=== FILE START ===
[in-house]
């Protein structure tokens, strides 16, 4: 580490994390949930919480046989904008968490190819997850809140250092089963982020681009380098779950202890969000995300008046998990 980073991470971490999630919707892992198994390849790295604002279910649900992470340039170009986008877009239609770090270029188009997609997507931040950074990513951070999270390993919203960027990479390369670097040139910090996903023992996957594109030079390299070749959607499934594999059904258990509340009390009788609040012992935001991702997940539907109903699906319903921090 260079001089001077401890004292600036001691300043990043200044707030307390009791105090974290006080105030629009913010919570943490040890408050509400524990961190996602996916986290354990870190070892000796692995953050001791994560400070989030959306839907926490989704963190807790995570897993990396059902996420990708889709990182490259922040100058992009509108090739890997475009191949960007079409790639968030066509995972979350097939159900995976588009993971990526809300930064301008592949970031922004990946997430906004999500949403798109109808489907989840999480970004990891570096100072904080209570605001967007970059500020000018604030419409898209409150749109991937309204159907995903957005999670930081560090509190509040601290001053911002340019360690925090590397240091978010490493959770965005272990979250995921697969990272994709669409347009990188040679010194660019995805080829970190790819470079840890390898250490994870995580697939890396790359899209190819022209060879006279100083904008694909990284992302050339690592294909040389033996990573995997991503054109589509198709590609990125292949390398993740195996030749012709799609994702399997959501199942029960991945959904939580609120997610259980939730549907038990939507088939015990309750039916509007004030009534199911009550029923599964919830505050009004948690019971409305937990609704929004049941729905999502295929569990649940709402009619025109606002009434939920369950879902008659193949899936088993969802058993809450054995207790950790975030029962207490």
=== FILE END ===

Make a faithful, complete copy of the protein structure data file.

[in-house]
């Protein structure tokens, strides 16, 4: 580490994390949930919480046989904008968490190819997850809140250092089963982020681009380098779950202890969000995300008046998990 980073991470971490999630919707892992198994390849790295604002279910649900992470340039170009986008877009239609770090270029188009997609997507931040950074990513951070999270390993919203960027990479390369670097040139910090996903023992996957594109030079390299070749959607499934594999059904258990509340009390009788609040012992935001991702997940539907109903699906319903921090 260079001089001077401890004292600036001691300043990043200044707030307390009791105090974290006080105030629009913010919570943490040890408050509400524990961190996602996916986290354990870190070892000796692995953050001791994560400070989030959306839907926490989704963190807790995570897993990396059902996420990708889709990182490259922040100058992009509108090739890997475009191949960007079409790639968030066509995972979350097939159900995976588009993971990526809300930064301008592949970031922004990946997430906004999500949403798109109808489907989840999480970004990891570096100072904080209570605001967007970059500020000018604030419409898209409150749109991937309204159907995903957005999670930081560090509190509040601290001053911002340019360690925090590397240091978010490493959770965005272990979250995921697969990272994709669409347009990188040679010194660019995805080829970190790819470079840890390898250490994870995580697939890396790359899209190819022209060879006279100083904008694909990284992302050339690592294909040389033996990573995997991503054109589509198709590609990125292949390398993740195996030749012709799609994702399997959501199942029960991945959904939580609120997610259980939730549907038990939507088939015990309750039916509007004030009534199911009550029923599964919830505050009004948690019971409305937990609704929004049941729905999502295929569990649940709402009619025109606002009434939920369950879902008659193949899936088993969802058993809450054995207790950790975030029962207490």